The Last 14 Days: Building Your Game Plan
by Stacey Koprince
copyright 2011 ManhattanGMAT; permission required to reproduce
originally published: http://www.manhattangmat.com/blog/index ... game-plan/
What’s the optimal way to spend your last 14 days before the real test? There are two levels to this discussion: what and how to review, and building a game plan. We’ll discuss the latter topic in this article.What is a Game Plan?
In the last two weeks before your test, your focus needs to shift from trying to learn new things to acknowledging that your skills are what they are. They’re not going to change an enormous amount in the last two weeks; you can tweak some things, but now is not the time to change major strategies across an entire question type. Further, it would be a mistake to spend your last two weeks entirely focused on your weaknesses; if you do that, then you won’t be prepared to excel on your strengths.
Your Game Plan will help you to make certain decisions quickly during the test. When is it a good idea to spend an extra 20 or 30 seconds on a problem? When should you decide to make an educated guess? When should you cut yourself off completely, guess immediately, and move on? What should you do if you find yourself ahead or behind on your timing? (We’ll discuss the answers to these questions later in the article.)
Your Game Plan will also help you to prioritize your review based upon your strengths and weaknesses. You’re going to review your major strategies in all areas, the major content you need to know (don’t try to cram everything into your brain; review the stuff that shows up the most!), your pacing, your educated guessing strategies, and so on. As you do that, the data you gather will help you to tweak your game plan further.Building Your Game Plan
First, the Game Plan is a dynamic thing. You perfect it a little bit more every few days as you gather more data and continue to review.What Does My Gut Say?
First, make a list of your major strengths and weaknesses. Start with the five question types, but also drill down further into specific content areas (quant, SC) and question sub-types (CR, RC). Consider both accuracy and timing when assessing your strengths and weaknesses; the two factors are equally important.What Does The Data Say?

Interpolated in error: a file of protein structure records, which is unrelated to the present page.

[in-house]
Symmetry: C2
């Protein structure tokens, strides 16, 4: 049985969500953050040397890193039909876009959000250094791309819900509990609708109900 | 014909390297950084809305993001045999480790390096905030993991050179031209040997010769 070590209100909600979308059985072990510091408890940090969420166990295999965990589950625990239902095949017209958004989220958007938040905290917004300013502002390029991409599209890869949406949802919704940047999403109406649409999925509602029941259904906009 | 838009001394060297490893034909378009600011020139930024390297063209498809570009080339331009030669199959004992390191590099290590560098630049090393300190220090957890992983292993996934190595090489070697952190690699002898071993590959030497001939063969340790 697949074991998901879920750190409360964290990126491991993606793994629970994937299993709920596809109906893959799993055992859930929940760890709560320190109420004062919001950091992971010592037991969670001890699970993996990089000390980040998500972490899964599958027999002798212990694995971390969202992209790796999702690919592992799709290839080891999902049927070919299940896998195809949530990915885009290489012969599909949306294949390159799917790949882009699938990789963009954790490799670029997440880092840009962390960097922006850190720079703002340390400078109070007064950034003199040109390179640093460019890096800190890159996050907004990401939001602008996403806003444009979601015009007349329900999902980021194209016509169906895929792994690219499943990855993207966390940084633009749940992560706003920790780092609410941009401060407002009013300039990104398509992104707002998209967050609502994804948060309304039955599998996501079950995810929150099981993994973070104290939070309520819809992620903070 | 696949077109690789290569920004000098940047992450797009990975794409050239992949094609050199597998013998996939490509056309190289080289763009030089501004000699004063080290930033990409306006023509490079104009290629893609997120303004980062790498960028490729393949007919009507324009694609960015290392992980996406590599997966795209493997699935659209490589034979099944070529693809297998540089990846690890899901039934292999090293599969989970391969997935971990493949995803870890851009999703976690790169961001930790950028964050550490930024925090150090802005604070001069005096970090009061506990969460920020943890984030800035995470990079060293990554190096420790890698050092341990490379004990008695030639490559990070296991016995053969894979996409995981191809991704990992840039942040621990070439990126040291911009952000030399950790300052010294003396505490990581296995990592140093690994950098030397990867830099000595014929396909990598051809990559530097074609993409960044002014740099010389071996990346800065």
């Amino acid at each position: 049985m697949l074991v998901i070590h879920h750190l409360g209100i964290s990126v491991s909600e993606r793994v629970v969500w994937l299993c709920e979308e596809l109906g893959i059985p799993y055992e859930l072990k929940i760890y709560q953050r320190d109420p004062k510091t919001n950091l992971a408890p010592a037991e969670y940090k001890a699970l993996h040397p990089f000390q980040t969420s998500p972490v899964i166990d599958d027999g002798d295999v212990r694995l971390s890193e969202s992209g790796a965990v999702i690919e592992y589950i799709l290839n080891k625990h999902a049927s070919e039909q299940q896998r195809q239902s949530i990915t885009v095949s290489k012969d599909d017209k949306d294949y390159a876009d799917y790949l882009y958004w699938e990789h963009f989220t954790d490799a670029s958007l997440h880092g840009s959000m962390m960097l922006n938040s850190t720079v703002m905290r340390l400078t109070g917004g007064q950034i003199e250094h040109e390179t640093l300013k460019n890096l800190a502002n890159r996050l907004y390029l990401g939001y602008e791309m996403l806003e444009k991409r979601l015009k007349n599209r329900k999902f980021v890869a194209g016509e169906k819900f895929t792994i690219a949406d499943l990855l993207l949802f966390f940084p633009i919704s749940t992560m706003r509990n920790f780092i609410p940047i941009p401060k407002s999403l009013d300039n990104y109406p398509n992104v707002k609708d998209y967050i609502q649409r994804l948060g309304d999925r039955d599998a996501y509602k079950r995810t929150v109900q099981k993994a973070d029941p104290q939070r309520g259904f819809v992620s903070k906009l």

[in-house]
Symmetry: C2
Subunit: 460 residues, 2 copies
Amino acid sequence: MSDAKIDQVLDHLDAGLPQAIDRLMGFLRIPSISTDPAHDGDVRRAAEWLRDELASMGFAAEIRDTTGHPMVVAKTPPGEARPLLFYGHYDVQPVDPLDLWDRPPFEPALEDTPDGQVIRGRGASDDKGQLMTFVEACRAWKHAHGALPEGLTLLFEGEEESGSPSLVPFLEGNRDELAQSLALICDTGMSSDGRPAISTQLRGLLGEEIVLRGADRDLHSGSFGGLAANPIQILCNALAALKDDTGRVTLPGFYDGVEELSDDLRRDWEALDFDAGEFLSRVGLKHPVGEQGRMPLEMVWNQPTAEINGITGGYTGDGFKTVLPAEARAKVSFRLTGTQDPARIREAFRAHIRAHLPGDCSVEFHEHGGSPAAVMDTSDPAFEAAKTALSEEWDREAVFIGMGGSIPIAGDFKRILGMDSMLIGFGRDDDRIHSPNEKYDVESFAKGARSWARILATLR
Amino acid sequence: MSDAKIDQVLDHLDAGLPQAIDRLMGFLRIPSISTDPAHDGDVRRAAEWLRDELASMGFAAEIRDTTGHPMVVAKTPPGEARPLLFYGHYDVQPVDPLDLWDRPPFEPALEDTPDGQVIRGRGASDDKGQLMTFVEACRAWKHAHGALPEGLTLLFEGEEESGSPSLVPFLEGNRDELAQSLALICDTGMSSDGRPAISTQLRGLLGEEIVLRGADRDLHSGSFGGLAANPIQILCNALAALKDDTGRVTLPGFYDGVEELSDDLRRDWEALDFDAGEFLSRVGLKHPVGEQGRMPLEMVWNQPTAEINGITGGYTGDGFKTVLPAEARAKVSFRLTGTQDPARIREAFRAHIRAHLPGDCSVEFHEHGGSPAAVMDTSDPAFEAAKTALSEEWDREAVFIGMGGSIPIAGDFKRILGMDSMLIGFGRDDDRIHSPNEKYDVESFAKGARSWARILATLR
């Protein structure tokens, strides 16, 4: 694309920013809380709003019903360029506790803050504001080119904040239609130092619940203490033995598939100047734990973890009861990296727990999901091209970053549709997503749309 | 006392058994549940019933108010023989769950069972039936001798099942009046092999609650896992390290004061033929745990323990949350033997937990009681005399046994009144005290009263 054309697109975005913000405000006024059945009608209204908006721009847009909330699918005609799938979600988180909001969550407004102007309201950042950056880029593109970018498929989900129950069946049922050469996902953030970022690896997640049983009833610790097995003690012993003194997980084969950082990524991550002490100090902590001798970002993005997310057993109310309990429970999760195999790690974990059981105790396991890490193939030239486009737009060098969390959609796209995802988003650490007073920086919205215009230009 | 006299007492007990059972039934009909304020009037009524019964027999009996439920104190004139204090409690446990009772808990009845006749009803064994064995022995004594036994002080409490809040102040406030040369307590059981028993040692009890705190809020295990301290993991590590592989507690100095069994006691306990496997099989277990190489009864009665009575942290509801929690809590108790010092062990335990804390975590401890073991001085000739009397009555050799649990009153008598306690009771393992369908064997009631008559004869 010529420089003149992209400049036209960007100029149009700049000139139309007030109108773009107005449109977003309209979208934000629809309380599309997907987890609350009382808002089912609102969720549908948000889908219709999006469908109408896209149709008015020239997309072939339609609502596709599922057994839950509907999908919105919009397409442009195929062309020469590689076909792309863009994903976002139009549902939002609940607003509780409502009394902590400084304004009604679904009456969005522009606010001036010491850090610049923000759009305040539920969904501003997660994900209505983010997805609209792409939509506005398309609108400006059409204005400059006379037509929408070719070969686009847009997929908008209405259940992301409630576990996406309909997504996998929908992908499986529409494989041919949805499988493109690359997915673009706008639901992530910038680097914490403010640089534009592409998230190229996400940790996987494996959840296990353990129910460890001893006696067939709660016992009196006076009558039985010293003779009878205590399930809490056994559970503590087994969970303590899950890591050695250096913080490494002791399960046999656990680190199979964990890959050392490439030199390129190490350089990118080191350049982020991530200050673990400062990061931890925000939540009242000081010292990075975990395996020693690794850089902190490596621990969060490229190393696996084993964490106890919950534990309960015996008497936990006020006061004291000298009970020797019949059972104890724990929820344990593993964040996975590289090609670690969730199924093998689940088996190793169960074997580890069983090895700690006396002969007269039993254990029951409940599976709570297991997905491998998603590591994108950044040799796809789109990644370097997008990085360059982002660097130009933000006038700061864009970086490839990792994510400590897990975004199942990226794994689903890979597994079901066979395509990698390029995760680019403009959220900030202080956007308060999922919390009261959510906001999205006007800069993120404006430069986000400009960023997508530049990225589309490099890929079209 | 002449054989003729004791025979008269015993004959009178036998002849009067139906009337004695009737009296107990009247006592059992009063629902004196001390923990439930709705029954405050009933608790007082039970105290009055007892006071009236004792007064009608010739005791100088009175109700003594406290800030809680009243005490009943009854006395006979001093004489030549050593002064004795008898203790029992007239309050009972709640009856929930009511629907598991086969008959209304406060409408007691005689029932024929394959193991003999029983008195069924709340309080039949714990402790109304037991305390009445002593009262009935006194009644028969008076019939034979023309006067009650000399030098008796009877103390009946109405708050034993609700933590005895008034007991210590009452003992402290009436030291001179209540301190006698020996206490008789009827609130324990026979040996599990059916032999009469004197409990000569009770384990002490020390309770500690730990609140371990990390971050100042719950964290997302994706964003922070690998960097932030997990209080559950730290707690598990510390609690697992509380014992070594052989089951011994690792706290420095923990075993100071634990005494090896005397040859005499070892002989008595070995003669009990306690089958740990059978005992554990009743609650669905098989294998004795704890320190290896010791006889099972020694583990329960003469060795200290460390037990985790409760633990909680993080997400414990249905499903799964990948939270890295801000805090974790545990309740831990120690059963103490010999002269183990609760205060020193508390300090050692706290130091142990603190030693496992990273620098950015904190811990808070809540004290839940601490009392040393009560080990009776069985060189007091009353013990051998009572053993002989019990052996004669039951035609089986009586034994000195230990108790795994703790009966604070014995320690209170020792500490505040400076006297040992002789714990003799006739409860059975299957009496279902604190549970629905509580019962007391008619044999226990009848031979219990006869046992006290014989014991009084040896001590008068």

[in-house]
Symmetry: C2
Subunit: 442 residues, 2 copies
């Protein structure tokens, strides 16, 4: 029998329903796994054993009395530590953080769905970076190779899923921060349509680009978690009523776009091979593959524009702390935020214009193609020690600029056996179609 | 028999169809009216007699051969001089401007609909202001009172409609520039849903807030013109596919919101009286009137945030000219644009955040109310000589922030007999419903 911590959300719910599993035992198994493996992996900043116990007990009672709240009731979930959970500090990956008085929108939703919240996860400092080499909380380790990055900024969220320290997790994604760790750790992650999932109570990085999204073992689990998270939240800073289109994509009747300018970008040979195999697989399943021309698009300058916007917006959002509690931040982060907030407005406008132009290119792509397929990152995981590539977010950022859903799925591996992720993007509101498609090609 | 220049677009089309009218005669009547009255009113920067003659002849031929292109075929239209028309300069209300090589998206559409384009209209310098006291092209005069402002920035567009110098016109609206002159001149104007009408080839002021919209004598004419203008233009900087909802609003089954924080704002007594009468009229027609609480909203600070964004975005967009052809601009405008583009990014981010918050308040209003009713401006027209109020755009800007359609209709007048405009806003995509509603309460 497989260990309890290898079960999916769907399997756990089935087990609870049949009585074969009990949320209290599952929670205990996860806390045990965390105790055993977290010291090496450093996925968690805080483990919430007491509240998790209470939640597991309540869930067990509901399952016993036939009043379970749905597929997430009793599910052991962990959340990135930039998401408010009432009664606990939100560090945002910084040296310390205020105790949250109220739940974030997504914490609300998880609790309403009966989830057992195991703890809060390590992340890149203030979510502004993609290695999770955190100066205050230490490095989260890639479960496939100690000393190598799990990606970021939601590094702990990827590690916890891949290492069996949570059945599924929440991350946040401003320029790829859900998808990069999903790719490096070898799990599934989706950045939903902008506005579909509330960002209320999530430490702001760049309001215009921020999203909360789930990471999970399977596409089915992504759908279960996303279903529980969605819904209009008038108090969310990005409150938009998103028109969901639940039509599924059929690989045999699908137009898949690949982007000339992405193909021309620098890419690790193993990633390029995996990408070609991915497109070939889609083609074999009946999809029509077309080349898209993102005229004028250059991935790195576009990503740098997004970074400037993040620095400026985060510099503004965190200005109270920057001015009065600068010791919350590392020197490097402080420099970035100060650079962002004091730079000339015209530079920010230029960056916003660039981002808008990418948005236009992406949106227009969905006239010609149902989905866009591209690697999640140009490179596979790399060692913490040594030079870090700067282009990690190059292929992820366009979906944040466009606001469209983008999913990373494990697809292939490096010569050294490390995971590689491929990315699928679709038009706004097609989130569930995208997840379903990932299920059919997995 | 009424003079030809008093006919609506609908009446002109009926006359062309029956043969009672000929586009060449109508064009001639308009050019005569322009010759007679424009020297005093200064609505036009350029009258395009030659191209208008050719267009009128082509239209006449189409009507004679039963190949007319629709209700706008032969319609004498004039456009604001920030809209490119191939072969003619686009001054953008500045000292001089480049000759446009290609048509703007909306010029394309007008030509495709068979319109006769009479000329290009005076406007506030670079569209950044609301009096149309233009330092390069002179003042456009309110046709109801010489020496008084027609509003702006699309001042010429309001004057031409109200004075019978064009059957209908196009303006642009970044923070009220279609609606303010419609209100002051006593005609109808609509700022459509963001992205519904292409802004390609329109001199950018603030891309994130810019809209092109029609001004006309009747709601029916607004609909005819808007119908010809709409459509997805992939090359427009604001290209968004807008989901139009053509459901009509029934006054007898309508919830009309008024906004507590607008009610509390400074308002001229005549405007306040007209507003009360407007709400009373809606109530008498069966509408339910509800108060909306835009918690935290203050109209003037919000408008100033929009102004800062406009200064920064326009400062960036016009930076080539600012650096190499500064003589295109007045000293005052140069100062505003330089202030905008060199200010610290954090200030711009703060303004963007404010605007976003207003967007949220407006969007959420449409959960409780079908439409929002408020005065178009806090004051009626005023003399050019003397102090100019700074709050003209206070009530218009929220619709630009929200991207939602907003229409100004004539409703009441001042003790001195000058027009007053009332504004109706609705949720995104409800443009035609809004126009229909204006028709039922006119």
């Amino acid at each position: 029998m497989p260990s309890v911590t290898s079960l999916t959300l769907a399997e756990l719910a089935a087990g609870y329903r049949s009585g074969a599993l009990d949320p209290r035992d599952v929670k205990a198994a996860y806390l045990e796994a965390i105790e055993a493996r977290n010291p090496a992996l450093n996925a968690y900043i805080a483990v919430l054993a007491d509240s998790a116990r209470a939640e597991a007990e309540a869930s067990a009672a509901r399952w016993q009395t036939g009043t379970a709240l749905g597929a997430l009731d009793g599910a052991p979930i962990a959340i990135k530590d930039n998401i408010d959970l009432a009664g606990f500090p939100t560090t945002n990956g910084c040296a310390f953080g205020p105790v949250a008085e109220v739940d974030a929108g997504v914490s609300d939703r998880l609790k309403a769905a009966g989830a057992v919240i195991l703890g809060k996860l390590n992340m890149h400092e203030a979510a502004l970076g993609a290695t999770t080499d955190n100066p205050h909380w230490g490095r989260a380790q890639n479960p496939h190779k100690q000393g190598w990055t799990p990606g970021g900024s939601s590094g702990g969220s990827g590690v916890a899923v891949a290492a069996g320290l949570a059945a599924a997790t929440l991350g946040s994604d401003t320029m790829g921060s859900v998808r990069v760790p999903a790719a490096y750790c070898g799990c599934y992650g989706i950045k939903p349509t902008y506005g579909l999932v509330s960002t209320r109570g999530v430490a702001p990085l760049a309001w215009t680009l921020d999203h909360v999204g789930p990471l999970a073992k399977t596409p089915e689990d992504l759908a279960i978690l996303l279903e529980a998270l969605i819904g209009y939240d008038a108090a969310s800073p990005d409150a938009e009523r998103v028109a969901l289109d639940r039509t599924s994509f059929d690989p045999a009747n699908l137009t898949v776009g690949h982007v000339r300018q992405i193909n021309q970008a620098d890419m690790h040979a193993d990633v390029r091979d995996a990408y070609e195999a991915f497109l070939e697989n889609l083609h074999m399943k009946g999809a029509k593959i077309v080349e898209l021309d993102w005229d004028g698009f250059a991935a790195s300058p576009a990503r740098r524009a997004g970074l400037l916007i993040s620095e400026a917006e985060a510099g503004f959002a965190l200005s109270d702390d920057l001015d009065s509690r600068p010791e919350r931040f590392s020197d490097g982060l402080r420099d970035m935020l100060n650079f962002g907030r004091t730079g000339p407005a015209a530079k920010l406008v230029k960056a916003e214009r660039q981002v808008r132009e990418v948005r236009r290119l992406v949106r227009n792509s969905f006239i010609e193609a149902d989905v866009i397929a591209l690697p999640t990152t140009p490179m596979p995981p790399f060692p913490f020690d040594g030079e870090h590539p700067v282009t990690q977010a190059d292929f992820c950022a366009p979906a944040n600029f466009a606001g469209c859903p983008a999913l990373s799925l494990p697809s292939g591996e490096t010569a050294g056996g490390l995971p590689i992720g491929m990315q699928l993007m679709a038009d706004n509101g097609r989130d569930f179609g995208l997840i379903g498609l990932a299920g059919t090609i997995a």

We can’t rely only on our gut feelings to know our strengths and weaknesses. Our gut is often right, but it is sometimes wrong – more often than most people realize. It’s also important to check your data.
You can use this article to analyze your last practice test: http://www.manhattangmat.com/blog/index ... ice-tests/
If you have been tracking your accuracy and timing on OG problems, also examine that data. Split individual question types (DS, PS, CR, RC, SC) into three broad groups: the first third in that section in the book (the easier questions), the middle third (the medium questions), and the final third (the harder questions). This will give you an idea of how your performance is changing as the questions get harder. (If you are a ManhattanGMAT student, you can use our OG Archer program; it will then automatically calculate a bunch of data for you.)
Note: if you’re early in the whole study process right now, I highly recommend tracking your work on the OG problems. Create a simple spreadsheet and keep track of the specific source (book), question number, time spent the first time you did it, and whether you got it right or wrong. You can also add notes about what you want to learn, memorize, review, or do, based upon each problem. (Or you can use our version of an OG tracker: http://www.manhattangmat.com/ogc-plus.cfm
)How to Use Your Game Plan